Vaccination and fibrosarcomas in cats

Risks of fibrosarcomas from vaccinating are less than risks of not vaccinating cats

source: Veterinary Record vol 148 no16, April 21 2001 p493

Jane Dobson from Cambridge University's Department of Clinical Veterinary Medicine, has reviewed literature on links between vaccination and fibrosarcomas in cats. She presented her report to the 2001 BSAVA Congress. She noted that there was a study in California which found cats vaccinated against rabies to be more likely to suffer from fibrosarcomas that were often larger and more aggressive, and affecting younger cats, than traditional fibrosarcomas. Sarcomas also seem more likely to occur if a cat is always vaccinated in the same spot, possibly because the injection site could become affected by chronic inflammation. There is evidence for some sort of link between vaccinating and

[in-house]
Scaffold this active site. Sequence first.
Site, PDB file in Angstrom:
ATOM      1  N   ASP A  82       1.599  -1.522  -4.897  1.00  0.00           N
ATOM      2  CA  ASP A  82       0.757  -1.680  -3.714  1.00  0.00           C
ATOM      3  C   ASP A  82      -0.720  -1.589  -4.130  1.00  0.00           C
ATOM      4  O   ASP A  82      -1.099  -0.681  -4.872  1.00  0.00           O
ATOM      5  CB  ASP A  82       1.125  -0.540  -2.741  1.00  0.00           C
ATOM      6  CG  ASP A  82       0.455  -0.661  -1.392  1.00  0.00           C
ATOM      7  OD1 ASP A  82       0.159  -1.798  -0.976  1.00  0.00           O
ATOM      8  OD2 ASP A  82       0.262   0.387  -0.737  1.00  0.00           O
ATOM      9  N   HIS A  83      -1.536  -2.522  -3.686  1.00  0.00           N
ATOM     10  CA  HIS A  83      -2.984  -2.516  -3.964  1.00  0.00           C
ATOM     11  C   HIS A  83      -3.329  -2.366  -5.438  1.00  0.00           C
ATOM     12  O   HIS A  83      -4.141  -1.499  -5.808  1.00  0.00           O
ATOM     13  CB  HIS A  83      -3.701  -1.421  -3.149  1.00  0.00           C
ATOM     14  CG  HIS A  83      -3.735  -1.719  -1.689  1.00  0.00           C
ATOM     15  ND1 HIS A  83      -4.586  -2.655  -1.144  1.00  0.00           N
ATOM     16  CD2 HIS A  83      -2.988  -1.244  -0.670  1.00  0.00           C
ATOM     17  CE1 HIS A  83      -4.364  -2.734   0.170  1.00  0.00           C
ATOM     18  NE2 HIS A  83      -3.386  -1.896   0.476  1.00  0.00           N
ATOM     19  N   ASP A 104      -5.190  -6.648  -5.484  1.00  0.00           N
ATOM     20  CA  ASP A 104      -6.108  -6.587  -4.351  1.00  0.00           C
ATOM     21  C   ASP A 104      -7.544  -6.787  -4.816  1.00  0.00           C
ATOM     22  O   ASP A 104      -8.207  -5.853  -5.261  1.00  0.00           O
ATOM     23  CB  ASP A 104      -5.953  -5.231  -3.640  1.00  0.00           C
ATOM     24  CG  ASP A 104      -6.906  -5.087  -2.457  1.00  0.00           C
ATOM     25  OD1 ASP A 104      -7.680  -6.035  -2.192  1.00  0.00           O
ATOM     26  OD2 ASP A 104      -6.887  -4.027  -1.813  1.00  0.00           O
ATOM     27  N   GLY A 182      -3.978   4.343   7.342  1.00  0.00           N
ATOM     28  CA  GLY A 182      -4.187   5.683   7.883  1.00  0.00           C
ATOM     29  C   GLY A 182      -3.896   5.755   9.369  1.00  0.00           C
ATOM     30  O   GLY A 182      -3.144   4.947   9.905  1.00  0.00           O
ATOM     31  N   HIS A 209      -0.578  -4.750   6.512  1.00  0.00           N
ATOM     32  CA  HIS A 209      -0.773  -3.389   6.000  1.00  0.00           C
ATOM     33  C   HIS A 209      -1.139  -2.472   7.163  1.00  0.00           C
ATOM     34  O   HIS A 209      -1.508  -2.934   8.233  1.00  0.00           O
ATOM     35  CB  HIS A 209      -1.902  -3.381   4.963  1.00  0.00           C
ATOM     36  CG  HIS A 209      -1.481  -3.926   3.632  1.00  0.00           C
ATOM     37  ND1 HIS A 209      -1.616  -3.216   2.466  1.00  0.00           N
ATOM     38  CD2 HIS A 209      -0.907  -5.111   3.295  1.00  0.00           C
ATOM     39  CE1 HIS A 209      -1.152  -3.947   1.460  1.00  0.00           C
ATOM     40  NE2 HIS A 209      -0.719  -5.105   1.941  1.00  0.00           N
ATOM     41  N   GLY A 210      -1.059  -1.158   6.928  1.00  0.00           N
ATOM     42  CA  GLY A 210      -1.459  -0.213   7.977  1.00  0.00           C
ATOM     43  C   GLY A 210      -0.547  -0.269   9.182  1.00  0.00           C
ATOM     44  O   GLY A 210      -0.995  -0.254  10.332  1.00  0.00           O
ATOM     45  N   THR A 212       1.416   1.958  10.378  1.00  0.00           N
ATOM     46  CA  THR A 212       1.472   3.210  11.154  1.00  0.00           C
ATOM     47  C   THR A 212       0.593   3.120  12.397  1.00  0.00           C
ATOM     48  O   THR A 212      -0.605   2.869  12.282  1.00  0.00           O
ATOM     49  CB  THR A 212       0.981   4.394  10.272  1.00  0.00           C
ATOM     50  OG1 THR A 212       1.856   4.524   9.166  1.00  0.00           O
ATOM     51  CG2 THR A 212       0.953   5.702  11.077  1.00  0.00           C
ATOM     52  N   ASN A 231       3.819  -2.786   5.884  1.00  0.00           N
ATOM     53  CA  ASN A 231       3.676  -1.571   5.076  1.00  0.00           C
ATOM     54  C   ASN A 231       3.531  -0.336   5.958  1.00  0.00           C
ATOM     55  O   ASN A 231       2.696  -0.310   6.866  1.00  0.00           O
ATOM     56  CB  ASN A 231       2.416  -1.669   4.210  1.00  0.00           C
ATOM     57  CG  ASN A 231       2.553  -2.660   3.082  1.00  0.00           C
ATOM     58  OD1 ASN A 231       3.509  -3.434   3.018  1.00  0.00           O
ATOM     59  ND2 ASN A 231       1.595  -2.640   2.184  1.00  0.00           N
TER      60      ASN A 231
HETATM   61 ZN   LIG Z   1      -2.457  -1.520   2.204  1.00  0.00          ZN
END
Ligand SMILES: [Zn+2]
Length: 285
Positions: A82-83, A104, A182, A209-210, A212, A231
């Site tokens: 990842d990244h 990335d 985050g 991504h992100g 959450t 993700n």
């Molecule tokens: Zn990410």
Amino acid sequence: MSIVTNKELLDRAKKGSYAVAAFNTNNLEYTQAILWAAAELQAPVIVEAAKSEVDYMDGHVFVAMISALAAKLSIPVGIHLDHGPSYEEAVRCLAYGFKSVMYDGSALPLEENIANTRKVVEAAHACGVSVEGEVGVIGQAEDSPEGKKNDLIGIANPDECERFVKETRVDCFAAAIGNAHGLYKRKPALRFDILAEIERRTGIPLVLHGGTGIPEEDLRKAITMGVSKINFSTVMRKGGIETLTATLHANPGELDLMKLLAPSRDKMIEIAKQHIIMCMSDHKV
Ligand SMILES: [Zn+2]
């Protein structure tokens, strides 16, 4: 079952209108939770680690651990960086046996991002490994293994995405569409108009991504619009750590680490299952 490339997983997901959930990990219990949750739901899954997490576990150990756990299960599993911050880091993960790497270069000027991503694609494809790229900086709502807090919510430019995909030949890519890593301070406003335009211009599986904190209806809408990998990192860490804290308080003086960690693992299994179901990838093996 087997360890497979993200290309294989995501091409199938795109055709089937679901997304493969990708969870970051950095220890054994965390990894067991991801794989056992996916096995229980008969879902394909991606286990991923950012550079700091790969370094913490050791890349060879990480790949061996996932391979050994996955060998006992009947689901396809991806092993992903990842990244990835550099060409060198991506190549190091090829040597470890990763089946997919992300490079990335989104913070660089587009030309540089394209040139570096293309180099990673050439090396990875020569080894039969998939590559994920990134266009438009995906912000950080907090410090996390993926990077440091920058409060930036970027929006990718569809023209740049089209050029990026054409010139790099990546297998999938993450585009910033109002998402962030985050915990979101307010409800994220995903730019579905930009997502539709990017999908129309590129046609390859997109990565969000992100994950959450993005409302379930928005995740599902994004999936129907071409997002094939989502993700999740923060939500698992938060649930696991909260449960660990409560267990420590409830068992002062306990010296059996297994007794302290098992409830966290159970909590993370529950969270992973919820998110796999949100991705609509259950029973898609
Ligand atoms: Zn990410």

fibrosarcomes, but no actual proof. The development of cancers probably involves a number of factors, she argues. Reported cases in the UK that fit a diagnosis of fibrosarcomas induced by vaccination are rare. Cats are exposed to greater health risks if they are not vaccinated, compared to the risk of their developing a tumour.